Monday, 11 July 2011

Gammon and Mixed Bean Stew - Using leftovers

Having to cook on a budget can have its benefits. And being forced to make the best out of leftovers, without them looking and tasting like leftovers, is one of them. This gammon and bean stew was a result of left over roast gammon from Sunday lunch and ham stock that I had made. Also, there are some onions, garlic, chili, cayenne pepper, sage, mixed beans and maple syrup. The addition of maple syrup brings a sweet and subtle caramel taste to the dish that unites the whole stew. 
Whilst it may not look the most impressive meal, I assure you taste and smell is definitely on the money. I had this with crusty bread, but rice or pasta would go equally as well (though bread is useful for wiping up the juices).






Friday, 8 July 2011

The Reduced Section: Sicilian Sausage Pasta

It may sound a bit sad, but I love going food shopping. I'll spend a little time getting together what meals I want to cook for the week and pulling together a shopping list, then it's off I go. I'll methodically go up and down the aisles, checking off each item on my list as I drop it into the trolley - doubtlessly I'll accidentally forget a few things and have to return on my way back. 

My favourite aisle is the cheese aisle. Not because of the cheese (though I do love cheese), but because at the far end is the reduced section. Here are the hidden gems. The expensive cuts of meat, that extra special dessert, cheap veggies. However much of a struggle it may be to squeeze in between all the other shoppers fighting for a bargain, it's well worth it.

My reasons for liking the reduced section so much are two-fold. Firstly, it's reduced. I'm saving money. Secondly, it helps the environment. Everything that gets thrown away from supermarkets will undoubtedly end up in landfill sites.

Amongst other things, this week I obtained some sausages and tomatoes. The sausages went straight into the freezer when I got home, but as the tomatoes weren't going to last long I fancied doing something special with them, and something that would make them last - slow roasted tomatoes.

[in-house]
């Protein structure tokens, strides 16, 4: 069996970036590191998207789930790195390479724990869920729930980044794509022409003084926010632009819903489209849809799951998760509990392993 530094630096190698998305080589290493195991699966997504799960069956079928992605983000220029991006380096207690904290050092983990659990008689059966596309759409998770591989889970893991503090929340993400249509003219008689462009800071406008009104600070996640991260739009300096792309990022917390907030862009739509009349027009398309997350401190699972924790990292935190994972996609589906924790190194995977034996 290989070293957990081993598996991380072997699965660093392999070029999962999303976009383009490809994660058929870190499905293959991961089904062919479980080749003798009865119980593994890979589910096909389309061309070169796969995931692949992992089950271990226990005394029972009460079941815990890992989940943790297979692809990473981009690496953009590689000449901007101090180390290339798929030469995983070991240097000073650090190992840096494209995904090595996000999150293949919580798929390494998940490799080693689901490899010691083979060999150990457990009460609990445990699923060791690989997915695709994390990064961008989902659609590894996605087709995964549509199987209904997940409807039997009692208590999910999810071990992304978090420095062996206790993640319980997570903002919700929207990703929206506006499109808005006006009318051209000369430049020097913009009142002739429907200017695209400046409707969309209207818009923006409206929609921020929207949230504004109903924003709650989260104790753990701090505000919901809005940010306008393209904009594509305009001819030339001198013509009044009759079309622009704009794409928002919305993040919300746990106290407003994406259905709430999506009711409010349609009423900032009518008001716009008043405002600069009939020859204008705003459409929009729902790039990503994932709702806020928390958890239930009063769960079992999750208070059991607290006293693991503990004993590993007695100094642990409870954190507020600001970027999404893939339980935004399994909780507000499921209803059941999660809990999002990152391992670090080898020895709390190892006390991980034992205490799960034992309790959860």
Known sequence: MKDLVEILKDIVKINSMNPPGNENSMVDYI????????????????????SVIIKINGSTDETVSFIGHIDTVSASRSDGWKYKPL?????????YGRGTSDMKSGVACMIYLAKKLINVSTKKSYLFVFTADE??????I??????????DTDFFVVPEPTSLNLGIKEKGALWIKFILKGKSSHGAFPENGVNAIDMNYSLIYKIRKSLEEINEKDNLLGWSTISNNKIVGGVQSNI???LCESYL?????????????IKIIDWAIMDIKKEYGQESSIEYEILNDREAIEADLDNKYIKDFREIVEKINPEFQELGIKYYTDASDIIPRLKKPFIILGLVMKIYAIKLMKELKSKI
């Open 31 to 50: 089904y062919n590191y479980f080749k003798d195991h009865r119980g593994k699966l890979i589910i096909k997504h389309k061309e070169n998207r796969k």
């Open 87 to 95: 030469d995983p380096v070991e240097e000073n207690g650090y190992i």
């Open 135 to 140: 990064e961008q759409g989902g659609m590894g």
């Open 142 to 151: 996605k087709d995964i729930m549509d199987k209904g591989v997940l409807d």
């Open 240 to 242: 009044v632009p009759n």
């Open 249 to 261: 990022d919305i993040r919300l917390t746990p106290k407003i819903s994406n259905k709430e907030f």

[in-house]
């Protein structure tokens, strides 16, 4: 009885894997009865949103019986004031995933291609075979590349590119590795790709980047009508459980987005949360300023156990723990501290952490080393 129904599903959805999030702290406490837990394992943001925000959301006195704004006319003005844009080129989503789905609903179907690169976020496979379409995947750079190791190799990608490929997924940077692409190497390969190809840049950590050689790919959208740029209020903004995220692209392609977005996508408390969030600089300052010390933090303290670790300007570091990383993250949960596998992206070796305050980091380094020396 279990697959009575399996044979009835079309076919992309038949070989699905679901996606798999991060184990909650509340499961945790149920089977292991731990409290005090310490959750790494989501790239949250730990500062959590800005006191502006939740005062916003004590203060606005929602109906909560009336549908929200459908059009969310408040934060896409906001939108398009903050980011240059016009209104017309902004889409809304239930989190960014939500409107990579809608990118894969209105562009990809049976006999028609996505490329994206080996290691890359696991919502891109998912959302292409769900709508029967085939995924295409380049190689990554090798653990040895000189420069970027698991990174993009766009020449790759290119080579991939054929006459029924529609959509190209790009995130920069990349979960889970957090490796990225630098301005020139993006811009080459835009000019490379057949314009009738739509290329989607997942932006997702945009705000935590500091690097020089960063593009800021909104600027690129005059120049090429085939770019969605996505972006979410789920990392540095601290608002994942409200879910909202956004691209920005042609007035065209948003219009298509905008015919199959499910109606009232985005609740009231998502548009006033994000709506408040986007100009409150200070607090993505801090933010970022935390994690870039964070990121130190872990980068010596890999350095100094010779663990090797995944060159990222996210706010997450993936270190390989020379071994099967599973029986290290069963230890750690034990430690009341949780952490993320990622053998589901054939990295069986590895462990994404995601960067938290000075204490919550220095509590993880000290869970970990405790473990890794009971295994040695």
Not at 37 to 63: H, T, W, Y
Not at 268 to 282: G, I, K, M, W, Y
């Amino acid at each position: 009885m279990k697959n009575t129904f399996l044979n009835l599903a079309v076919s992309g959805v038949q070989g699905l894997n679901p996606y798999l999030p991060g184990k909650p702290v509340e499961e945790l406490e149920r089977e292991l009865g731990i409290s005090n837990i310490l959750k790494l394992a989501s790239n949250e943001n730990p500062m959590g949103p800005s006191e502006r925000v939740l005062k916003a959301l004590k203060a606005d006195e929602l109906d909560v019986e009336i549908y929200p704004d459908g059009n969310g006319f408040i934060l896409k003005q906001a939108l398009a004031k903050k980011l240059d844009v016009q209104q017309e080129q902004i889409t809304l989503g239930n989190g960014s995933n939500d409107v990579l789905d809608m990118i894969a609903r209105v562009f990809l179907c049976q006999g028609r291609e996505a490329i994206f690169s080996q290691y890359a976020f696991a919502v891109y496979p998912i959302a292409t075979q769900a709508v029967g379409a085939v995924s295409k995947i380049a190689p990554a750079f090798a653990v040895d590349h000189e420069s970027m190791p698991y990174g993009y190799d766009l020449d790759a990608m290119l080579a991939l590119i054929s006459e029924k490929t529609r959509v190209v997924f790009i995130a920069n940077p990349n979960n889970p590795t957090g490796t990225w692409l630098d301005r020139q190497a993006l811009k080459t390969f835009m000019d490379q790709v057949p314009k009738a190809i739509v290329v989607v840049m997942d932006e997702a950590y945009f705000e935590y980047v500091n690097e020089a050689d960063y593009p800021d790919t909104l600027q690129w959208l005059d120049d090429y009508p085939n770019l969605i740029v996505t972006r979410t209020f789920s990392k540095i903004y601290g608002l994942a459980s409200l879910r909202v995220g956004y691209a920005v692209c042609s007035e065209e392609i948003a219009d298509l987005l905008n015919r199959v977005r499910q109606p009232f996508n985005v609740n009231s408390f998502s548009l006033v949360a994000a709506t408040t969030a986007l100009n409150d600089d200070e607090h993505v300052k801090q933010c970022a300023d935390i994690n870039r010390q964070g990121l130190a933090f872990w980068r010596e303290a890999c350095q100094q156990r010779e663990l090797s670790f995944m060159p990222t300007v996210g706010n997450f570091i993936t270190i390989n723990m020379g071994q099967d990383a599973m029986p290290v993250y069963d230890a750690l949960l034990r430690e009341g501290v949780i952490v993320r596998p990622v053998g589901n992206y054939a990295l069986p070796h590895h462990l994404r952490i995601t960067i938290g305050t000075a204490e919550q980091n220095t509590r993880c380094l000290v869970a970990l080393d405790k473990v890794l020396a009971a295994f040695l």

As anyone who purchases sundried tomatoes will know, they are expensive. So for me, this is an ideal alternative. Simply quarter the tomatoes and place them in a baking tray with olive oil and fresh oregano. Season well and place in an oven on its lowest setting. Leave for a few hours, checking occasionally. The tomatoes with release their moisture and start to dry up, thus intensifying their bold sweet, acidic flavours. When they're ready, drain the juices off and store them in a clean kiln jar along with extra virgin olive oil to cover and help preserve them.

The resulting oven dried tomatoes can be used in many dishes such as pizzas and salads, and the Sicilian Sausage Pasta dish below.



Heat 2 tbsp olive oil over a medium heat in a frying pan. Cut 8 sausages into bite size pieces and gently fry them for 10 minutes, adding 8 quarters of the oven dried tomatoes and 1/2 tsp dried chili flakes half way through. Meanwhile, cook 400g dischi volanti pasta per packet instructions in salted water. Drain the pasta and stir through the sausage sauce along with 4 tbsp creme fraiche, 1 tbsp pecorino cheese and a handful of torn fresh oregano. Serve immediately topped with more cheese and a sprinkling of oregano.

Serves 4
Recipe adapted from July 2011 Issue of Delicious